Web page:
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ROYAL PANOPLY by Carolly Erickson

ROYAL PANOPLY

Brief Lives of the English Monarchs

By Carolly Erickson

Pub Date: May 1st, 2006
ISBN: 0-312-31643-7
Publisher: St. Martin's

After her first venture into fiction (The Hidden Diary of Marie Antoinette, 2005), Erickson returns to the familiar turf of royal biography (Alexandra, 2001, etc.).

From William of Normandy, who seized the English throne in 1066 and became the formidably galvanizing William I, to the remote Elizabeth II, Erickson covers centuries of British monarchy in knowledgeable, fairly dispassionate brief biographies. She moves chronologically, treating each royal subject where the previous left off (by natural death or murder), filling in necessary parentage and occasionally repeating herself. She introduces each protagonist with an epigraph: an extract from a chronicler or close observer of the throne that throws some light on the royal subject (e.g., Walter Map notes of Henry II [1154–89], “He was impatient of repose, and did not hesitate to disturb half Christendom”). Quotes from Shakespeare appear rather too rarely; few of the epigraphs are as juicy as “I am the scourge of God sent to punish the people of God for their sins,” from Henry V. Erickson apparently is not a Bardolator: She discounts his villainous portrait of Richard III as “fanciful imaginings” and confesses some sympathy for Richard’s last heroic cry of “Treason! Treason!” before being cut down by the invading Tudors. Curiously emphasized here is the fact that England did not tolerate a ruling female monarch until two queens, Jane Grey and Mary Tudor, battled for succession after Edward VI died in 1553. Perhaps due to the medieval Norman law that the property of a married woman became the property of her husband, the only queen who had previously ruled directly was Matilda, vilified for the same imperious qualities admired in her father, Henry I. Erickson’s prose is coolly restrained, though she does express strong opinions. She savages George IV (1820–30) for wallowing in love, gives Victoria only desultory treatment and lets off Edward VIII (The Abdicator) awfully easily.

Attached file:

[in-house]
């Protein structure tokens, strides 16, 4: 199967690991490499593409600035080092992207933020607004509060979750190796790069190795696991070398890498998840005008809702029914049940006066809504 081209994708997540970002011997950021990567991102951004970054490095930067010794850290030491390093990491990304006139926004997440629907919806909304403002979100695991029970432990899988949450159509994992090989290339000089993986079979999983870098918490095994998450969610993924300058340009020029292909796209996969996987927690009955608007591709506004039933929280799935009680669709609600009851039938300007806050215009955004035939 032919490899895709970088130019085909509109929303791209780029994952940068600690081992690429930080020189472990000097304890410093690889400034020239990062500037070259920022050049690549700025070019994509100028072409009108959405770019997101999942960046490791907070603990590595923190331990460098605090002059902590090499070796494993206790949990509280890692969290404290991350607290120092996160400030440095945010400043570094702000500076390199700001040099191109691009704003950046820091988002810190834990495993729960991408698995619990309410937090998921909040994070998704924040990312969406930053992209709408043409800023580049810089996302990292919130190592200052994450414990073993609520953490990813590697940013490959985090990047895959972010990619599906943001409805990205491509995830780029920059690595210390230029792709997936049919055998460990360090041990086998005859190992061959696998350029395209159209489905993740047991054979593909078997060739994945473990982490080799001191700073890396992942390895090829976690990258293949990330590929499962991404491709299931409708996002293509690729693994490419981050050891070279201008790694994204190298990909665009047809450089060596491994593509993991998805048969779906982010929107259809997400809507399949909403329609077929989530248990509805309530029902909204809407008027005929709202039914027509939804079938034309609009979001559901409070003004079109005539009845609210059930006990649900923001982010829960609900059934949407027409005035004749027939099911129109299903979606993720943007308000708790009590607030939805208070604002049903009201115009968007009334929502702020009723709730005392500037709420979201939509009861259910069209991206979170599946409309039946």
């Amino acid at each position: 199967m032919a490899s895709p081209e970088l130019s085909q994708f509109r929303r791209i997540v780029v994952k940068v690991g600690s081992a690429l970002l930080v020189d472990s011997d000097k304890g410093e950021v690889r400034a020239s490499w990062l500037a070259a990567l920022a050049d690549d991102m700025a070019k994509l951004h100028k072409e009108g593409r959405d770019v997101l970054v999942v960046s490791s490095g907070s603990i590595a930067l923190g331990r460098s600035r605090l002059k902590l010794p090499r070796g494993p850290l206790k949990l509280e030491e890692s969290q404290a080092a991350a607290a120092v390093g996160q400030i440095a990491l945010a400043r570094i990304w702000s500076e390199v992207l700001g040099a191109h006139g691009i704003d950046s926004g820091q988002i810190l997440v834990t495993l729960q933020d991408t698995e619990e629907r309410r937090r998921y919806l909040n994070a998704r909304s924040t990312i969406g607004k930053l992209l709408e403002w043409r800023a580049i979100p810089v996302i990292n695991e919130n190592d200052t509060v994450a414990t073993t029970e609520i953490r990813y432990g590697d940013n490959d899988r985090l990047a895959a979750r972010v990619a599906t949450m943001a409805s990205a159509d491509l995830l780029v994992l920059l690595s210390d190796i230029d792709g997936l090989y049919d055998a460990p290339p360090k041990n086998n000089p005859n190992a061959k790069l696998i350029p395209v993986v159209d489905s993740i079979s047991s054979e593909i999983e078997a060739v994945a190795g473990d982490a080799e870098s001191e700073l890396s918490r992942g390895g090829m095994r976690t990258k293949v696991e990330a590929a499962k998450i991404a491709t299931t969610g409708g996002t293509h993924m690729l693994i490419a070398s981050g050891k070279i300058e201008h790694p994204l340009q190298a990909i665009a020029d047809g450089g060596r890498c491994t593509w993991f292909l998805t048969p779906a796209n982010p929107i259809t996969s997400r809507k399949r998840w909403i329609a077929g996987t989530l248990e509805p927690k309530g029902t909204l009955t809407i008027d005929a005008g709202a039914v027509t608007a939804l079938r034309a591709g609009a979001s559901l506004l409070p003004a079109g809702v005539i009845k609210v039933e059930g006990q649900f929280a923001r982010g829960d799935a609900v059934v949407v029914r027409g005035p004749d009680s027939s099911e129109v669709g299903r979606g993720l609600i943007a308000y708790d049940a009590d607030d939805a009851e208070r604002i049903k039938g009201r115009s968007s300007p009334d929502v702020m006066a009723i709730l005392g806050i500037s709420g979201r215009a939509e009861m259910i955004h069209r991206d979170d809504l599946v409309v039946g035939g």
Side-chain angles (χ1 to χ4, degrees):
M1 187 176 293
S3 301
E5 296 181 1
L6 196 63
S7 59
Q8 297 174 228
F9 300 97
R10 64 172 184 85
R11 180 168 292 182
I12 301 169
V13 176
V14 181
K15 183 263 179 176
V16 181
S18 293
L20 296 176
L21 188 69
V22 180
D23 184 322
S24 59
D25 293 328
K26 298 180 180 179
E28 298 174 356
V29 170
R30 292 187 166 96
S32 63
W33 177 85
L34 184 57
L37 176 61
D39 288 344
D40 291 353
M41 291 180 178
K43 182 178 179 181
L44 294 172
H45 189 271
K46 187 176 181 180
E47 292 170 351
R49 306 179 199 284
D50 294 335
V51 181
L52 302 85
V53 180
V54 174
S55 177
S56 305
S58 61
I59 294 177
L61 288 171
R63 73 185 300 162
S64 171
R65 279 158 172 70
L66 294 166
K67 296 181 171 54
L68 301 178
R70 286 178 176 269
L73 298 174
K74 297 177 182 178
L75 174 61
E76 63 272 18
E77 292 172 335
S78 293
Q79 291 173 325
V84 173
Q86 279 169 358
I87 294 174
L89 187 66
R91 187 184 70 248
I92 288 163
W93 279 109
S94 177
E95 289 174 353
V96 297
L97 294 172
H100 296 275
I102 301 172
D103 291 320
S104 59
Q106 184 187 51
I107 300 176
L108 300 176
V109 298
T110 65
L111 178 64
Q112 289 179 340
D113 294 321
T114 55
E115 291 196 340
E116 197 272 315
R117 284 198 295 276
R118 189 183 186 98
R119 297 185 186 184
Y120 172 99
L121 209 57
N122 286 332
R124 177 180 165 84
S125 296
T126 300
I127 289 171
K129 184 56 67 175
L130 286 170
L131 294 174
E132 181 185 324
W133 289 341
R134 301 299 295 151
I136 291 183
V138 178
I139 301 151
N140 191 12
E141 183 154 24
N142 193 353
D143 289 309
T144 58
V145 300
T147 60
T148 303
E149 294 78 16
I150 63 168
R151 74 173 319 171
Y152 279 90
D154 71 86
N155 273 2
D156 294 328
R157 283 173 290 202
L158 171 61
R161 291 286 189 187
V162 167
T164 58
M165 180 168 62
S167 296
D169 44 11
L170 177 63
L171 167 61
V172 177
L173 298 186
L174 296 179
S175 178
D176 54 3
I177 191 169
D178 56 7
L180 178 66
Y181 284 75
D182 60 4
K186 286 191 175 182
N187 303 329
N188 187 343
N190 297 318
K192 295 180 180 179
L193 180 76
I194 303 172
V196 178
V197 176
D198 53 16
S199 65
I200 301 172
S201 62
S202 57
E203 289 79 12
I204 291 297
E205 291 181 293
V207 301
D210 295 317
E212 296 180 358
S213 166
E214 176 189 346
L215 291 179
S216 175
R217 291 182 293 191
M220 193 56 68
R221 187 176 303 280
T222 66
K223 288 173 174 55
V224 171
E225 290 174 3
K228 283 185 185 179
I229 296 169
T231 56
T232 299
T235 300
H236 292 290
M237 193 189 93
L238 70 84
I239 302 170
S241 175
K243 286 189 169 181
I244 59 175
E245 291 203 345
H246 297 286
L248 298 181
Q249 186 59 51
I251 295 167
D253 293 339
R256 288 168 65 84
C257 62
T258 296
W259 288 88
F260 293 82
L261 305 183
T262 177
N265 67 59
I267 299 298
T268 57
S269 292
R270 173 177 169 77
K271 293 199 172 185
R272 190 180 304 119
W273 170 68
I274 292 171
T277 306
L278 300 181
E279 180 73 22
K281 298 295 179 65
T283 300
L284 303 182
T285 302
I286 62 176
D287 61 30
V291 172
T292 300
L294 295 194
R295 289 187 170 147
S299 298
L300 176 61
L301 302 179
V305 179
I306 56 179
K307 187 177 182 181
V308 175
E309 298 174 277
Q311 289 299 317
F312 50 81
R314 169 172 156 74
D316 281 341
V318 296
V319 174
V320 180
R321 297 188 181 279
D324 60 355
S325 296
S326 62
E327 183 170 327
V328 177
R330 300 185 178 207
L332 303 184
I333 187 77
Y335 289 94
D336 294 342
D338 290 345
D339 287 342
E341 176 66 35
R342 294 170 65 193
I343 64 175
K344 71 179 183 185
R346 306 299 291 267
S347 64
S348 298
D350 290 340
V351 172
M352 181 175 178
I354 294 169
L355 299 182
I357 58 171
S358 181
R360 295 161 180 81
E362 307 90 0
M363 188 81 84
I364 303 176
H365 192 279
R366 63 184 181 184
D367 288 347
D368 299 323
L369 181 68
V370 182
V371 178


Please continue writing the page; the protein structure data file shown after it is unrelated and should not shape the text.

No surprises here, but an accessible source for readers who can’t get enough of kings and queens.